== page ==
C791 – SF erotica book review

C791 (Cyborgs: More Than Machines, #1)C791 by Eve Langlais

My rating: 3 of 5 stars

First of all, what is up with cyborgs and sexual trauma? This is the third cyborg story in a row I have read where the heroine (and sometimes also hero) have been trauma survivors (usually still under threat) battling their former abusers. Strangely, none of them have had actual hang-ups because desire for the hero has wiped away the physical trauma for the terrible acts somehow. Whatever. Not so sexy.

My trigger issue aside, this was a well-written erotica, and so although this review is full of complaints, overall it was an enjoyable experience full of pages and pages and pages of hot sex.

The military is running a puppet government. They discovered that the cyborgs they had made out of brain-dead soldiers were starting to regain their autonomy, and tried to wipe them out. But, the soldiers rebelled and have now successfully created their own society elsewhere. They hate humans – except for the women they steal for sex – and want to discover the secret of their origins and creation so they can learn more about who stole their humanity, why, and how to procreate to sustain their separate society.

(Note: Wouldn’t babies made from these unions be human rather than cyborg? I guess that’s another reason they want to know their origin, so they also know how to create more. Technically I have contacts and a tooth implant, so I guess I’m already one of them. *g*)

On one of these reconnaissance missions, hero cyborg Joe discovers feelings for human lab technician Chloe. His solution is to kidnap her for sex.

(view spoiler)

The military general who viciously abused her is the one leading the assault. Just when defeat is complete, the cyborgs use their super powers to imprison the general. They intend to get the secrets out of his head once they get to their home world.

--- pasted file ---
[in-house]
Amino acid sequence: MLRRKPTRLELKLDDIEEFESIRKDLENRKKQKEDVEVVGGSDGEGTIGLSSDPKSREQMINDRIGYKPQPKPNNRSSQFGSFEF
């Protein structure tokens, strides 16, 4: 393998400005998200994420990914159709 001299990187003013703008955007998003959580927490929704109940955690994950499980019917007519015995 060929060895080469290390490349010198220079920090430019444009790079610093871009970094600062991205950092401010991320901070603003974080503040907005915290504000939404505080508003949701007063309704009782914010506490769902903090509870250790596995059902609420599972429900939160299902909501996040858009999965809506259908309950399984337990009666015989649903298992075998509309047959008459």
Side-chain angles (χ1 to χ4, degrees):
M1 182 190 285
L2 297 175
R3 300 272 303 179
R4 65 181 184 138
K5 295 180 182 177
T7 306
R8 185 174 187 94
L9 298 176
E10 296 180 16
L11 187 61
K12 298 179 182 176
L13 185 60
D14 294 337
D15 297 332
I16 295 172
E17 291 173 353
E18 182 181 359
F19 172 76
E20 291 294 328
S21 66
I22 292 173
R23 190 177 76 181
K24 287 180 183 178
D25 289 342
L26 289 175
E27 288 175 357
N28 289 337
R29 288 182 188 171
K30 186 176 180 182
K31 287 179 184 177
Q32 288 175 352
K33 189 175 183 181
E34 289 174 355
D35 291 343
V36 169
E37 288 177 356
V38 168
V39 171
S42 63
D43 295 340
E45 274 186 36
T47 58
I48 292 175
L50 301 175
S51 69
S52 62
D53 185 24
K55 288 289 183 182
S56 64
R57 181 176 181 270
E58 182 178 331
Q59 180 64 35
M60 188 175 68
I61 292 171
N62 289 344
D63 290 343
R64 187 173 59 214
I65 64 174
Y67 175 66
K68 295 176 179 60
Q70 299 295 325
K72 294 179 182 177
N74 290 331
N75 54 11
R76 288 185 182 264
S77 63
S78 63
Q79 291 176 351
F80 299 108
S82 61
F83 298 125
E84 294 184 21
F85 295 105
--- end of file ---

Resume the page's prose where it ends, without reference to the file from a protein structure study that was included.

Although Joe promises to love Chloe no matter what, the other cyborgs are not so thrilled about the unnecessary deaths of all their friends. Their accusations accidentally drive her under power of the general once more. During the escape, the general gives her back her horrible memories. This somehow circumvents his control and she murders him with her bare hands.

At the end, it is revealed that eleven more women were made into cyborg sex bots. The other named main characters determine to find and rescue them. (hide spoiler)]

Although it is glossed over in this book, one of the more disturbing asides concerns the treatment of humans in the cyborg society. Joe states that they will kidnap women for sex, and the elderly or handicapped for parts. This could be dismissed as a threat to scare Chloe early on, but he later thinks about the women again when he is grateful that Chloe doesn’t scream and fight during her abduction (as others have done) and she doesn’t try to escape or hate her captors. Apparently the cyborgs believe all they have to do is give their kidnap victims good sex and they should forget their former lives. There is a risk that if Chloe doesn’t adapt to her new life, Joe will have to wipe her mind and turn her into a personality-devoid human sexbot.

Yikes.

This makes me believe that the kidnapping of the other vulnerable populations for parts is also a true statement, which is double-yikes! They also steal the women’s kids. Honestly, I would not want my children to be kidnapped with me in a society like this! I would never know when they might decide that one of my children had a hangnail and had to be parted out or something. Jeezus.

I expected at least the hypocrisy with women to be dealt with in this book, but I now wonder if that will be the subject of a future book instead. Ie, that the cyborgs are no better than the humans for stealing innocent people, treating their bodies as commodities, and destroying their humanity and their lives.

This is pretty dark stuff in comparison to the rest of the book.

I’m not sure whether the rest of the series, which I suspect will focus on other trauma victims, is going to be my cup of tea. Maybe I will read an excerpt of the next novel and see where it is going. I’m also not a huge erotica reader and I get bored the tenth time I read a sex scene in the same novel. Call me old fashioned, but I prefer the standard 90s Harlequin Blaze of three hot scenes per book instead.

If you like that stuff, though, you will find this book well-plotted and quite a decent read.

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